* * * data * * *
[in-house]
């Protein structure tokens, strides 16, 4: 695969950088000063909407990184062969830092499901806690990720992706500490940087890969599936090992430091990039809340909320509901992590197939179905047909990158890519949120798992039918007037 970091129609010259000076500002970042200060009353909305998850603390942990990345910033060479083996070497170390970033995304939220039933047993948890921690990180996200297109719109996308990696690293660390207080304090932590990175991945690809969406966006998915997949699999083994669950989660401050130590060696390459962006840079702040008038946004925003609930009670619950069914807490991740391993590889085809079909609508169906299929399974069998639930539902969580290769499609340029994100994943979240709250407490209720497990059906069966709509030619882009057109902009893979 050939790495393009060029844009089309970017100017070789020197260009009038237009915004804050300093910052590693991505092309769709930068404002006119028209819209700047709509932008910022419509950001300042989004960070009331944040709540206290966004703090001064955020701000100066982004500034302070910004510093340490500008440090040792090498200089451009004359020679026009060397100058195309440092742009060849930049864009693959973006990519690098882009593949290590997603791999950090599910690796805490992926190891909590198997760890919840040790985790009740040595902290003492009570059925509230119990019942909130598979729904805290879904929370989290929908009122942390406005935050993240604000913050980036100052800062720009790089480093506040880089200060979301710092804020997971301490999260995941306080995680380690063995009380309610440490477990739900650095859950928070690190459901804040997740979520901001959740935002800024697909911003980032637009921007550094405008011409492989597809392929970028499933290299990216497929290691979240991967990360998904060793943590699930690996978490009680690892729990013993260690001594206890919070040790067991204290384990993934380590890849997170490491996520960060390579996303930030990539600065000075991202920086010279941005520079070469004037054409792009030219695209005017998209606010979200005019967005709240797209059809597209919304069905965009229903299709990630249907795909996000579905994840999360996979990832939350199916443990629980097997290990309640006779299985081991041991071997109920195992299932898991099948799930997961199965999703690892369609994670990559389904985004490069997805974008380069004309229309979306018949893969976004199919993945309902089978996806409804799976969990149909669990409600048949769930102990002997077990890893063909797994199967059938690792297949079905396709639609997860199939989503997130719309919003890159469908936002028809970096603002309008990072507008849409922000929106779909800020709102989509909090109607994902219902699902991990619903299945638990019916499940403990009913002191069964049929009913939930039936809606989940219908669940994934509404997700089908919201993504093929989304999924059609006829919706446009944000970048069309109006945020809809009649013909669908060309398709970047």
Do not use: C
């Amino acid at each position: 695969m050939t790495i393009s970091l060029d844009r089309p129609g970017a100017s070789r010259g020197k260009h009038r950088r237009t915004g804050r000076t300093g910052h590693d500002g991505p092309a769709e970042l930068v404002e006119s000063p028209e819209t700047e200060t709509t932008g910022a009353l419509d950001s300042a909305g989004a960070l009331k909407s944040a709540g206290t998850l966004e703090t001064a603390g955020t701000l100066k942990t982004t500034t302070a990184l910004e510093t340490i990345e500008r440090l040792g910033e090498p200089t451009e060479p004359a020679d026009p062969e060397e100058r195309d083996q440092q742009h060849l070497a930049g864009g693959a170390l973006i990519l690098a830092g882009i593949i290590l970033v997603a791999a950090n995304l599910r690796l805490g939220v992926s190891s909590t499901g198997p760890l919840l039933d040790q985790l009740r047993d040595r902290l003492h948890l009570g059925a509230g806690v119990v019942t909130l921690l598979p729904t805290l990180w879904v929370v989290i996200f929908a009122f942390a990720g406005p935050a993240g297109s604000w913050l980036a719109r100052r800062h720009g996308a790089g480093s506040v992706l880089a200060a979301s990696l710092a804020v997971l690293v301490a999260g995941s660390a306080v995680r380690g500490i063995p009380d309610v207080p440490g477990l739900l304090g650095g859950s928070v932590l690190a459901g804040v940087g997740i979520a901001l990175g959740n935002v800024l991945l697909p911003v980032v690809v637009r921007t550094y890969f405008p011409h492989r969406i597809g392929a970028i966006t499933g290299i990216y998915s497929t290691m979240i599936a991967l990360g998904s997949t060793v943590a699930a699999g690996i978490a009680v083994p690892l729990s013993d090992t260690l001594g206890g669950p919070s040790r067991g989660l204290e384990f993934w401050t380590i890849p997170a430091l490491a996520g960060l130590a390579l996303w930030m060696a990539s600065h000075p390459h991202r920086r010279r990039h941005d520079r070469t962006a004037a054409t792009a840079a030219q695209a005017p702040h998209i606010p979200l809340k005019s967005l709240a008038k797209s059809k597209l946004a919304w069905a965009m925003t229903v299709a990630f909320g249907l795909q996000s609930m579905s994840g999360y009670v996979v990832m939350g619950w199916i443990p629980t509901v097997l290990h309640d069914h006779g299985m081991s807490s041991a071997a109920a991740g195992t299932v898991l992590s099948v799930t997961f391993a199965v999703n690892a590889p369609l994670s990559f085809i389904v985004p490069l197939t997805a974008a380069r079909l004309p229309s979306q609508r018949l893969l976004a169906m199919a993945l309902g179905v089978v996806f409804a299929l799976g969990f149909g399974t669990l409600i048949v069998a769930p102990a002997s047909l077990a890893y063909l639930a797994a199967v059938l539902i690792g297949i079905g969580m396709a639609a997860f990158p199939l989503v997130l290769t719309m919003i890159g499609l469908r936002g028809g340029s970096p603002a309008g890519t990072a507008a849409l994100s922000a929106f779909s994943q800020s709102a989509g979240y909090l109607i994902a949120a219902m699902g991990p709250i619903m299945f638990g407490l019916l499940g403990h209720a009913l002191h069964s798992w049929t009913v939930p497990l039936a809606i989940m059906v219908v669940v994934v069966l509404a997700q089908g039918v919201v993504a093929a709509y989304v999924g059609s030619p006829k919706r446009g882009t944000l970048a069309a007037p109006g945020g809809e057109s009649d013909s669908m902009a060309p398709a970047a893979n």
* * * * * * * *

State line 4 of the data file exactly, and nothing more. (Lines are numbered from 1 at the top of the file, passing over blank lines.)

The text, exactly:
């Amino acid at each position: 695969m050939t790495i393009s970091l060029d844009r089309p129609g970017a100017s070789r010259g020197k260009h009038r950088r237009t915004g804050r000076t300093g910052h590693d500002g991505p092309a769709e970042l930068v404002e006119s000063p028209e819209t700047e200060t709509t932008g910022a009353l419509d950001s300042a909305g989004a960070l009331k909407s944040a709540g206290t998850l966004e703090t001064a603390g955020t701000l100066k942990t982004t500034t302070a990184l910004e510093t340490i990345e500008r440090l040792g910033e090498p200089t451009e060479p004359a020679d026009p062969e060397e100058r195309d083996q440092q742009h060849l070497a930049g864009g693959a170390l973006i990519l690098a830092g882009i593949i290590l970033v997603a791999a950090n995304l599910r690796l805490g939220v992926s190891s909590t499901g198997p760890l919840l039933d040790q985790l009740r047993d040595r902290l003492h948890l009570g059925a509230g806690v119990v019942t909130l921690l598979p729904t805290l990180w879904v929370v989290i996200f929908a009122f942390a990720g406005p935050a993240g297109s604000w913050l980036a719109r100052r800062h720009g996308a790089g480093s506040v992706l880089a200060a979301s990696l710092a804020v997971l690293v301490a999260g995941s660390a306080v995680r380690g500490i063995p009380d309610v207080p440490g477990l739900l304090g650095g859950s928070v932590l690190a459901g804040v940087g997740i979520a901001l990175g959740n935002v800024l991945l697909p911003v980032v690809v637009r921007t550094y890969f405008p011409h492989r969406i597809g392929a970028i966006t499933g290299i990216y998915s497929t290691m979240i599936a991967l990360g998904s997949t060793v943590a699930a699999g690996i978490a009680v083994p690892l729990s013993d090992t260690l001594g206890g669950p919070s040790r067991g989660l204290e384990f993934w401050t380590i890849p997170a430091l490491a996520g960060l130590a390579l996303w930030m060696a990539s600065h000075p390459h991202r920086r010279r990039h941005d520079r070469t962006a004037a054409t792009a840079a030219q695209a005017p702040h998209i606010p979200l809340k005019s967005l709240a008038k797209s059809k597209l946004a919304w069905a965009m925003t229903v299709a990630f909320g249907l795909q996000s609930m579905s994840g999360y009670v996979v990832m939350g619950w199916i443990p629980t509901v097997l290990h309640d069914h006779g299985m081991s807490s041991a071997a109920a991740g195992t299932v898991l992590s099948v799930t997961f391993a199965v999703n690892a590889p369609l994670s990559f085809i389904v985004p490069l197939t997805a974008a380069r079909l004309p229309s979306q609508r018949l893969l976004a169906m199919a993945l309902g179905v089978v996806f409804a299929l799976g969990f149909g399974t669990l409600i048949v069998a769930p102990a002997s047909l077990a890893y063909l639930a797994a199967v059938l539902i690792g297949i079905g969580m396709a639609a997860f990158p199939l989503v997130l290769t719309m919003i890159g499609l469908r936002g028809g340029s970096p603002a309008g890519t990072a507008a849409l994100s922000a929106f779909s994943q800020s709102a989509g979240y909090l109607i994902a949120a219902m699902g991990p709250i619903m299945f638990g407490l019916l499940g403990h209720a009913l002191h069964s798992w049929t009913v939930p497990l039936a809606i989940m059906v219908v669940v994934v069966l509404a997700q089908g039918v919201v993504a093929a709509y989304v999924g059609s030619p006829k919706r446009g882009t944000l970048a069309a007037p109006g945020g809809e057109s009649d013909s669908m902009a060309p398709a970047a893979n």